For Riverside residents who don’t want to drive all the way to the beach, a visit to DropZone is in order. With a surfing pool and a giant sandpit for building sandcastles or playing volleyball, it’s a lot like a day at the beach … plus a whole lot more. There’s also a lazy river and three different big kid slides (ranging from an enclosed tunnel to a sunny ride, to a super-fast mat slide). And while all of those areas are for people 42” and up, there is a whole section (Lil’ Jumpers Landing) for kids as little as 36”, and a whole section for water babies (and kids of all ages) called Launch Pad Geysers, which is like a giant splash pad. There’s also an Olympic-sized pool where kids can take swim lessons. Day tickets and season passes are pretty reasonable, and an even cheaper option is to hit the park on Monday or Wednesday evening for half-price admission. You may bring your own food here, but there is a fee based on the size of the cooler you bring in. Also, it’s good to know that there’s not a lot of shade available at this park, so bring hats and plenty of sunscreen!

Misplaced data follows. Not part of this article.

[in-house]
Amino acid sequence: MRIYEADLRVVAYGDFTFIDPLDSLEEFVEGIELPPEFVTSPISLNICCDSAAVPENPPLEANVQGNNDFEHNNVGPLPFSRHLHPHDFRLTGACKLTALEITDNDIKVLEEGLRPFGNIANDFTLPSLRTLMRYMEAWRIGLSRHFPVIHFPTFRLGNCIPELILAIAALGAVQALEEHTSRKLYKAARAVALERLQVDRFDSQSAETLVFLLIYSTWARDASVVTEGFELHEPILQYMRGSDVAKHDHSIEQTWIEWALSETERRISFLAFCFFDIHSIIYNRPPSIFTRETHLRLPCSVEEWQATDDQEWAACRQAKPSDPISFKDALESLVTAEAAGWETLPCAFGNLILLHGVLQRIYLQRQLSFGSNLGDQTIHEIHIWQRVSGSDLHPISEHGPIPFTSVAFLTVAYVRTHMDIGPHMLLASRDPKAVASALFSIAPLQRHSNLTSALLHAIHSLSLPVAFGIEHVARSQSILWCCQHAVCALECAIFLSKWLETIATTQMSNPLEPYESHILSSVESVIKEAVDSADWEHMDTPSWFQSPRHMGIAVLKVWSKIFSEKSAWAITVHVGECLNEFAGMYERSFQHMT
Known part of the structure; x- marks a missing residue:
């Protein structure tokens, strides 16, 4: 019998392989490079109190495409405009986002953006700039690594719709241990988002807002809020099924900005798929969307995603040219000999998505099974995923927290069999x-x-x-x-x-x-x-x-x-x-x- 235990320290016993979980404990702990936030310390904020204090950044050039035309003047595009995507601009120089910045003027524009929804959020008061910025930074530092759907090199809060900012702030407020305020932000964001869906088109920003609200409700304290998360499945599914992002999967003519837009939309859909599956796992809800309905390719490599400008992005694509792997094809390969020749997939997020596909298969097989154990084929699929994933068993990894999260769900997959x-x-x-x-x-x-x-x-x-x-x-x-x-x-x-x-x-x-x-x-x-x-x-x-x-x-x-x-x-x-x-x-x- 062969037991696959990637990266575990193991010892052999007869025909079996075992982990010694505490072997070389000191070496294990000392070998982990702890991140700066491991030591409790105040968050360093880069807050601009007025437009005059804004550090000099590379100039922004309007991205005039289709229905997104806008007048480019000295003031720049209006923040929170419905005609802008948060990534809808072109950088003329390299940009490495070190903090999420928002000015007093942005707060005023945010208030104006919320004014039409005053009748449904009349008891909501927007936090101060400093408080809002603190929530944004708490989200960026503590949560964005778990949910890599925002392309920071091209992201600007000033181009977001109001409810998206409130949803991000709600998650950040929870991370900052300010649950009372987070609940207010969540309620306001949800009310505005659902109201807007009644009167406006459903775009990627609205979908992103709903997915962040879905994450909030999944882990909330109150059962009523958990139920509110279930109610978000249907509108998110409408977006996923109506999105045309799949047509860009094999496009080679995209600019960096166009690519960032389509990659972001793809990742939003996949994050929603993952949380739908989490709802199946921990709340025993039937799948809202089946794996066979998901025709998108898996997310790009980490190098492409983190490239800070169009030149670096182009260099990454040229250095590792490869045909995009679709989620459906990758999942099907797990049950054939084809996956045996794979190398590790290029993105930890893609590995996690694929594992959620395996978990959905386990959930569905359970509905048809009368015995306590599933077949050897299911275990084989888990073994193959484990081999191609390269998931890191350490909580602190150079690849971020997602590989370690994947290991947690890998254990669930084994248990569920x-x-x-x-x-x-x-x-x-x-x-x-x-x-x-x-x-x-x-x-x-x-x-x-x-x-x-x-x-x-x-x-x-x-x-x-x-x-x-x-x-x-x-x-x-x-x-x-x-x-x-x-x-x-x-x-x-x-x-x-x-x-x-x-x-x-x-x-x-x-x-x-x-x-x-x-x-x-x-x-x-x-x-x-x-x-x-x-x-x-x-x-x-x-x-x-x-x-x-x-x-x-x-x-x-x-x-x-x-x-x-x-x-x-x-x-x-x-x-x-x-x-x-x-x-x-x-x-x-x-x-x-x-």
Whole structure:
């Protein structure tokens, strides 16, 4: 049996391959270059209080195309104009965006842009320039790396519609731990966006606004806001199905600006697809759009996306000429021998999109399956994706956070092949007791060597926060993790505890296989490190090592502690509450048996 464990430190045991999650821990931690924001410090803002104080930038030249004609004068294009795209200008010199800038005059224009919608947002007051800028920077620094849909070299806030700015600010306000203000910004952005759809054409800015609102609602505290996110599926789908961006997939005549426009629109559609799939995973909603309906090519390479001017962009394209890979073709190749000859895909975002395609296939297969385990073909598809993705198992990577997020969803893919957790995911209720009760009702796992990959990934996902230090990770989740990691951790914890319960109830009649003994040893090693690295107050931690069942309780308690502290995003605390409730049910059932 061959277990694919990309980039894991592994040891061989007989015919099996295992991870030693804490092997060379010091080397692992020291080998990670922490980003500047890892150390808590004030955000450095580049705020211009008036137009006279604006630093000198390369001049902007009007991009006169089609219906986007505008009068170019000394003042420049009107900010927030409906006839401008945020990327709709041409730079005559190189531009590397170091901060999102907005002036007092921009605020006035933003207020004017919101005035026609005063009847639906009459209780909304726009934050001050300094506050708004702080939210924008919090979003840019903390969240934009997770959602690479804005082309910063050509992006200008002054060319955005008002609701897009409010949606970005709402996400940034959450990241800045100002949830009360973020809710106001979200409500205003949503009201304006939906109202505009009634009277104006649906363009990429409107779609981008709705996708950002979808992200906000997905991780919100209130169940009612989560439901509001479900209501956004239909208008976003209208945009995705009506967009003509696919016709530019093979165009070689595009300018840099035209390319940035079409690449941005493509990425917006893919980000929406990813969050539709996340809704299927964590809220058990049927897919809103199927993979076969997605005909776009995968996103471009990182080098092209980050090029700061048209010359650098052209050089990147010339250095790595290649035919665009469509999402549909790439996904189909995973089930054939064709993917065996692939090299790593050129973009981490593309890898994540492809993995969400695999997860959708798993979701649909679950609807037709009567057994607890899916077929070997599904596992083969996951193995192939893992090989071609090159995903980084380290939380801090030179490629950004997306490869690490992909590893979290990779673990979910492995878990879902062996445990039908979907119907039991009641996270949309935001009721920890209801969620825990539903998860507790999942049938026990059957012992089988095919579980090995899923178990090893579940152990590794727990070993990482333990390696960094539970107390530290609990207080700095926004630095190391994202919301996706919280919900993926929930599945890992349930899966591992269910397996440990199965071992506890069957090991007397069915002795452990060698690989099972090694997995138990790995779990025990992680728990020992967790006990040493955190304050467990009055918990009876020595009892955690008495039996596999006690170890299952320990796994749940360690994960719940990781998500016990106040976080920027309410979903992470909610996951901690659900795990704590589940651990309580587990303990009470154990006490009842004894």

7. Great Wolf Lodge Water Park

Great Wolf Lodge is open year-round
Sometimes, it's too hot in Southern California to spend a day baking in the sun, even if you're outside splashing in the water. That's where Great Wolf Lodge, Orange County's indoor water resort, comes in handy. Check out our full review to learn how to fit the most splashes into your day. When the water park and hotel first opened, water park access was only available to hotel guests. Since the opening, that policy has changed, and day passes are available. In addition to using the surf simulators, mat slide racing, lazy river, basketball pool, and (of course) plenty of slides that range from tame to thrilling, summer guests can take advantage of "Summer Camp-In" activities every day through Labor Day.

8. Buccaneer Cove at Castle Park

Buccaneer Cove opens in mid-May for the summer
Buccaneer Cove is included with admission to Castle Park. It has five water slides, water tunnels, spray cannons, fountains, a huge splash bucket, and leafy shade for resting. Bring a change of clothes and enjoy the Castle Park rides after the Cove closes—or come for the Monday deal, when the Castle Park rides are closed. With four 18-hole mini golf courses (1 round included in the Monday deal) and an arcade, this smaller park will keep you plenty busy. Check the website for a variety of package and cabana deals.

RELATED: Fun Things To Do in San Diego With Kids, Besides the San Diego Zoo

The Count's Splash Castle at Sesame Place San Diego is fun you can count on! Photo courtesy of the park

Best Water Parks in San Diego for Families

9. Sesame Place San Diego

The park is open year-round